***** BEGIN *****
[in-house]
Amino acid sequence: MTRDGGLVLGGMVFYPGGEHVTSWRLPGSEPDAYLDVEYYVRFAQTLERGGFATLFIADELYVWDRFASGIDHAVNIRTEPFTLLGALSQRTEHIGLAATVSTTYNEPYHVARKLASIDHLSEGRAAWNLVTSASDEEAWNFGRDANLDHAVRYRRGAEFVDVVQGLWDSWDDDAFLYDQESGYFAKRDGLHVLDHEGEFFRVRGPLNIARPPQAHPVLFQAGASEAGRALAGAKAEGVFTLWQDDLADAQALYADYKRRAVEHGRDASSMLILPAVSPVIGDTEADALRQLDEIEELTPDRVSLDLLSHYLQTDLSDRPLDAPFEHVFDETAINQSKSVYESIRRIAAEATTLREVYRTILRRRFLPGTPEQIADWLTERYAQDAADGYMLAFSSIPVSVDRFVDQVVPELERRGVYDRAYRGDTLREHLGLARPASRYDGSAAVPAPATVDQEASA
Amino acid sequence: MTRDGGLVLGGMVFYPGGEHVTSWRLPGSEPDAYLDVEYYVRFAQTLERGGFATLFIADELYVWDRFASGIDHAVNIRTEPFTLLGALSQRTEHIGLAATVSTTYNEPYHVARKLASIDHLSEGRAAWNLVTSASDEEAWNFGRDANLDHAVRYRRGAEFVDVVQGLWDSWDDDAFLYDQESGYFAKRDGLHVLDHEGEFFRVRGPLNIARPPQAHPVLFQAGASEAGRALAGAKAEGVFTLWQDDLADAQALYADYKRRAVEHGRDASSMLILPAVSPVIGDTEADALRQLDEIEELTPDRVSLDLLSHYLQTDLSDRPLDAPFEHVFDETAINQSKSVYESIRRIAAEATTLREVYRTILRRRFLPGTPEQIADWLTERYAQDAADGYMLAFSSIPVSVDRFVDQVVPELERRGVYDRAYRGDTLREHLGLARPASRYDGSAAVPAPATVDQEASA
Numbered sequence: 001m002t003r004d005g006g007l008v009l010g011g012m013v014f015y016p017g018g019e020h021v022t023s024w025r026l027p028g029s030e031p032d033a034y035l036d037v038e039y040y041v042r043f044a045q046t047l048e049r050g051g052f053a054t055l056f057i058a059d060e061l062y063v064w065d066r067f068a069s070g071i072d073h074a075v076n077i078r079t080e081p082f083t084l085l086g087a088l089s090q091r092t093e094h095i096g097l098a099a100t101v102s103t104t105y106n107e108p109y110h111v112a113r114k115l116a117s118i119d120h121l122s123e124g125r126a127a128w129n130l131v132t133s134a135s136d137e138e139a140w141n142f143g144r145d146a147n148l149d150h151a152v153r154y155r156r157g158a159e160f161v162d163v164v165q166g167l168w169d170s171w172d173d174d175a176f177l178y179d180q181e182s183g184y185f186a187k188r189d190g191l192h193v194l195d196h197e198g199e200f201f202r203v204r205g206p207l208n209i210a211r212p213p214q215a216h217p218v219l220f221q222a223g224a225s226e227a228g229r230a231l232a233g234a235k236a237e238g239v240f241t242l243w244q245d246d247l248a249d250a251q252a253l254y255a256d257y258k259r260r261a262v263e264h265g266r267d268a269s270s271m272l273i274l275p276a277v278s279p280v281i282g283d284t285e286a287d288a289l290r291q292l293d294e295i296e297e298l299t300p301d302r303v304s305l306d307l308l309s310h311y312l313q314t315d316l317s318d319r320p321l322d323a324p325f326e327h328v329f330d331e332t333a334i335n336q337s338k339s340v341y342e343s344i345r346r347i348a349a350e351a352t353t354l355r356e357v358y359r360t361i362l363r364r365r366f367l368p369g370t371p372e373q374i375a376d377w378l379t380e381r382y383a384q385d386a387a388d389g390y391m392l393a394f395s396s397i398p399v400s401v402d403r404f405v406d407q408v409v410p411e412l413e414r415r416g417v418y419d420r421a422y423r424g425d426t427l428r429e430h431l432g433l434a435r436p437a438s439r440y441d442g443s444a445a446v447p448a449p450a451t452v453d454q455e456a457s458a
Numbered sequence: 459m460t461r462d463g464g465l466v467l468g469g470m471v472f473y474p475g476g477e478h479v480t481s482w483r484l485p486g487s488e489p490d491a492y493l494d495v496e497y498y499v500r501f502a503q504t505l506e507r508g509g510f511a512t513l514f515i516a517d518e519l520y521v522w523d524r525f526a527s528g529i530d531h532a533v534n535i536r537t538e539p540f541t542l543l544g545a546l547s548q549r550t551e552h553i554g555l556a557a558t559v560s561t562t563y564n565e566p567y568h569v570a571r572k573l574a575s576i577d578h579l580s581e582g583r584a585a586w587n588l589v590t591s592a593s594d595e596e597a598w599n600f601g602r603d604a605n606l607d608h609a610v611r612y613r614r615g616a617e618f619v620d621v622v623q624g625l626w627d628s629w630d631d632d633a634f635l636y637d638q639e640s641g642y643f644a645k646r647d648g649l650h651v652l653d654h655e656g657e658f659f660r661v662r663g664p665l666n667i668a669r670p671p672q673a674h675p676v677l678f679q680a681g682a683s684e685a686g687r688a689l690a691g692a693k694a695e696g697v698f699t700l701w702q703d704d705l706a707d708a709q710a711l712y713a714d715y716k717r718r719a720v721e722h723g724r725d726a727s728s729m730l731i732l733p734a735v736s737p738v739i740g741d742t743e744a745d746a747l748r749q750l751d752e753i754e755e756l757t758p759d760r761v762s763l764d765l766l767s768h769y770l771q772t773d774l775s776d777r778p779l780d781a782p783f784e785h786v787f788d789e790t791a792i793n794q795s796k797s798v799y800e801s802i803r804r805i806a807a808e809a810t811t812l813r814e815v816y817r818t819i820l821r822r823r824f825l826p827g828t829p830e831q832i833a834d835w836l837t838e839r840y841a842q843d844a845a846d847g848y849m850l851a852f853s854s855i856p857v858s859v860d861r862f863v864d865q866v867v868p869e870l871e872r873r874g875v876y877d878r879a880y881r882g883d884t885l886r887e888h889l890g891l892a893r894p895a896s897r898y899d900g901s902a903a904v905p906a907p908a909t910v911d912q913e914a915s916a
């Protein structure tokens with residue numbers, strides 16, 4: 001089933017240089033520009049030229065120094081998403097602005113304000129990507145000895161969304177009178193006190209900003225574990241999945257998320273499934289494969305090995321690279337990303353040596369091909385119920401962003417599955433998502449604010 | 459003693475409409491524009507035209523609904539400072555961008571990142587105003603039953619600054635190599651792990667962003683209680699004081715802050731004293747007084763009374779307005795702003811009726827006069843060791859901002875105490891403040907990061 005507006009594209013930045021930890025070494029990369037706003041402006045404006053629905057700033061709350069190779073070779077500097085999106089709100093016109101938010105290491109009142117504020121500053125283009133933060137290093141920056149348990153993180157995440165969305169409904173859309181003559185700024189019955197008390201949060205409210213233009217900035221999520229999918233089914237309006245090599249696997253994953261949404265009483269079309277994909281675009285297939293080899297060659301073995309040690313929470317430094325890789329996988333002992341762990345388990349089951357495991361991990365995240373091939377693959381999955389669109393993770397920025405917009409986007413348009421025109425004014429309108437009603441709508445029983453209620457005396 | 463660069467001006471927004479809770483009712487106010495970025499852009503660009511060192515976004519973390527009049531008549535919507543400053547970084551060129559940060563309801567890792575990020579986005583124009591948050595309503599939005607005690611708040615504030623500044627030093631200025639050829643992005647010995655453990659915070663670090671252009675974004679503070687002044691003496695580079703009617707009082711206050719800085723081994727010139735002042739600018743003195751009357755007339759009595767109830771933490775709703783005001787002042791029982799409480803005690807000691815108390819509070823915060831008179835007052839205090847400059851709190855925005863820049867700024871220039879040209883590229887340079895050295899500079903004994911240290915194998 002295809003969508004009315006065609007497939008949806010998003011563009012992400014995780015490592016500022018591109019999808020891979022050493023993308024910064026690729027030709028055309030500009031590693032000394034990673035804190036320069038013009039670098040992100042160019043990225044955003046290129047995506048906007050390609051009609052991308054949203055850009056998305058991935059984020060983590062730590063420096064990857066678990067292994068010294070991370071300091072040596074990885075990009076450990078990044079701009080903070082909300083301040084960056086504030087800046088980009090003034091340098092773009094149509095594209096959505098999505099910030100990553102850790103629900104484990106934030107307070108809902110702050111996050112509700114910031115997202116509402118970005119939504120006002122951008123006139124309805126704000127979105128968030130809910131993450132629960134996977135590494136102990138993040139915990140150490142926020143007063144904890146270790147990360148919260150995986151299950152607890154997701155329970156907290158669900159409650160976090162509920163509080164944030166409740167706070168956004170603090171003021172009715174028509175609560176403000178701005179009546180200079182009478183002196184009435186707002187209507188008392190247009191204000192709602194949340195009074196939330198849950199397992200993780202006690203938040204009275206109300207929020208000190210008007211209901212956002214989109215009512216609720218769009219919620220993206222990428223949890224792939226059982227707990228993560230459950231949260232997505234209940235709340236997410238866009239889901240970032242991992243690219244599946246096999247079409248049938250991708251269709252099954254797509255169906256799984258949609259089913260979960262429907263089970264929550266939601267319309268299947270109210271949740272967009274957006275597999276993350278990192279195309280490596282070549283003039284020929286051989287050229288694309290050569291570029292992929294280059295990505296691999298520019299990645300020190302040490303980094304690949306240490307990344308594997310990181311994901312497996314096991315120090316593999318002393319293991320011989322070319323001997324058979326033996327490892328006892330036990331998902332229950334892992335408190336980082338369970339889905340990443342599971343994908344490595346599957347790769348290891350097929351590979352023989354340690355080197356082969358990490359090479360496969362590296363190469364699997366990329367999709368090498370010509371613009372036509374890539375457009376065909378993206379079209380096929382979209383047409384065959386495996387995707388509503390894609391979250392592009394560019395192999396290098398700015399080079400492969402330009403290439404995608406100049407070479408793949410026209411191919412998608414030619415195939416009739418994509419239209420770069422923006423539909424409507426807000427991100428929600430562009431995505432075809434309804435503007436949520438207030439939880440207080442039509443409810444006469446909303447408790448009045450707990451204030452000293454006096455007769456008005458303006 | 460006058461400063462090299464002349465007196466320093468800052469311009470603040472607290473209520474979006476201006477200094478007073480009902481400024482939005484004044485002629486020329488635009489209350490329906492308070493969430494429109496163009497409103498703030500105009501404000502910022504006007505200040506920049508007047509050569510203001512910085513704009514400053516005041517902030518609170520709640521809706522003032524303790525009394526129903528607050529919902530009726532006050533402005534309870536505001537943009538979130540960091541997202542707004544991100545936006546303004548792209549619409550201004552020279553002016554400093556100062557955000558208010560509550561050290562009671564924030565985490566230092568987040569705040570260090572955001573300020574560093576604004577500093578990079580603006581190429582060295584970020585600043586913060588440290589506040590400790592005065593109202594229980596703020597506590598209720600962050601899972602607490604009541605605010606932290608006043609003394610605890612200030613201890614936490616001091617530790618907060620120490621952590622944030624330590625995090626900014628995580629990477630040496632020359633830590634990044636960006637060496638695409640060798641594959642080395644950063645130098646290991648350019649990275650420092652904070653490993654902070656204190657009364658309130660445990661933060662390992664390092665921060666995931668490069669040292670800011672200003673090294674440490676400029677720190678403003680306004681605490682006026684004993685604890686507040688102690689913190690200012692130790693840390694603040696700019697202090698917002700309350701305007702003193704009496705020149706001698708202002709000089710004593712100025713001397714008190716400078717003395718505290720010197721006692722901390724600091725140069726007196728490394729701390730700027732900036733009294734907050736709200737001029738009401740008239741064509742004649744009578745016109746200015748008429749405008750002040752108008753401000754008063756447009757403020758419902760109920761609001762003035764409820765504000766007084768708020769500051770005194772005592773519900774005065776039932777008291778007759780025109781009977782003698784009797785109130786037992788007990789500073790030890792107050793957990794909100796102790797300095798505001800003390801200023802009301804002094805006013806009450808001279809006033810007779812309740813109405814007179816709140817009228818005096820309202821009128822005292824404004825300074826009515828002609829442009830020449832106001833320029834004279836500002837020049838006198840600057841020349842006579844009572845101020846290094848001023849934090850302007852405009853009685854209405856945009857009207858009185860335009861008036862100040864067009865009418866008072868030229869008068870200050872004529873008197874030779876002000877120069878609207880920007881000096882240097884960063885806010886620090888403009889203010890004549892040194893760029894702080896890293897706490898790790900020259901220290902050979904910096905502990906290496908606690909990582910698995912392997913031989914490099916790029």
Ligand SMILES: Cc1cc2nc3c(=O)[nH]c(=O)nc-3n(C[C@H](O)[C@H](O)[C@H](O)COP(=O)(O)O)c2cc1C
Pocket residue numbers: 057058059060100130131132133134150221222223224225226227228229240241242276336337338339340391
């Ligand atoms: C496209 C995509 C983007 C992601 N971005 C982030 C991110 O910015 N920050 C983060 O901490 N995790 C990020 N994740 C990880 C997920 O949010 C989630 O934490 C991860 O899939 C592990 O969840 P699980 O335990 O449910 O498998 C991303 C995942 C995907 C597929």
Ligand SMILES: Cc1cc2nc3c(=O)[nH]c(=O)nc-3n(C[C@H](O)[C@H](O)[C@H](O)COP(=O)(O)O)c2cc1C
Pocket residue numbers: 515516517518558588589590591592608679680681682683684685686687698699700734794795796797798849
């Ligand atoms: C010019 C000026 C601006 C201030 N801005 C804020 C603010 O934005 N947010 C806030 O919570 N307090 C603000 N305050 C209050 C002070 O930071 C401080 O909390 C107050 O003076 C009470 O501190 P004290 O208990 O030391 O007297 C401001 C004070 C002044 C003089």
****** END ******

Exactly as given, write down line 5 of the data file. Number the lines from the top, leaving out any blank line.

Numbered sequence: 459m460t461r462d463g464g465l466v467l468g469g470m471v472f473y474p475g476g477e478h479v480t481s482w483r484l485p486g487s488e489p490d491a492y493l494d495v496e497y498y499v500r501f502a503q504t505l506e507r508g509g510f511a512t513l514f515i516a517d518e519l520y521v522w523d524r525f526a527s528g529i530d531h532a533v534n535i536r537t538e539p540f541t542l543l544g545a546l547s548q549r550t551e552h553i554g555l556a557a558t559v560s561t562t563y564n565e566p567y568h569v570a571r572k573l574a575s576i577d578h579l580s581e582g583r584a585a586w587n588l589v590t591s592a593s594d595e596e597a598w599n600f601g602r603d604a605n606l607d608h609a610v611r612y613r614r615g616a617e618f619v620d621v622v623q624g625l626w627d628s629w630d631d632d633a634f635l636y637d638q639e640s641g642y643f644a645k646r647d648g649l650h651v652l653d654h655e656g657e658f659f660r661v662r663g664p665l666n667i668a669r670p671p672q673a674h675p676v677l678f679q680a681g682a683s684e685a686g687r688a689l690a691g692a693k694a695e696g697v698f699t700l701w702q703d704d705l706a707d708a709q710a711l712y713a714d715y716k717r718r719a720v721e722h723g724r725d726a727s728s729m730l731i732l733p734a735v736s737p738v739i740g741d742t743e744a745d746a747l748r749q750l751d752e753i754e755e756l757t758p759d760r761v762s763l764d765l766l767s768h769y770l771q772t773d774l775s776d777r778p779l780d781a782p783f784e785h786v787f788d789e790t791a792i793n794q795s796k797s798v799y800e801s802i803r804r805i806a807a808e809a810t811t812l813r814e815v816y817r818t819i820l821r822r823r824f825l826p827g828t829p830e831q832i833a834d835w836l837t838e839r840y841a842q843d844a845a846d847g848y849m850l851a852f853s854s855i856p857v858s859v860d861r862f863v864d865q866v867v868p869e870l871e872r873r874g875v876y877d878r879a880y881r882g883d884t885l886r887e888h889l890g891l892a893r894p895a896s897r898y899d900g901s902a903a904v905p906a907p908a909t910v911d912q913e914a915s916a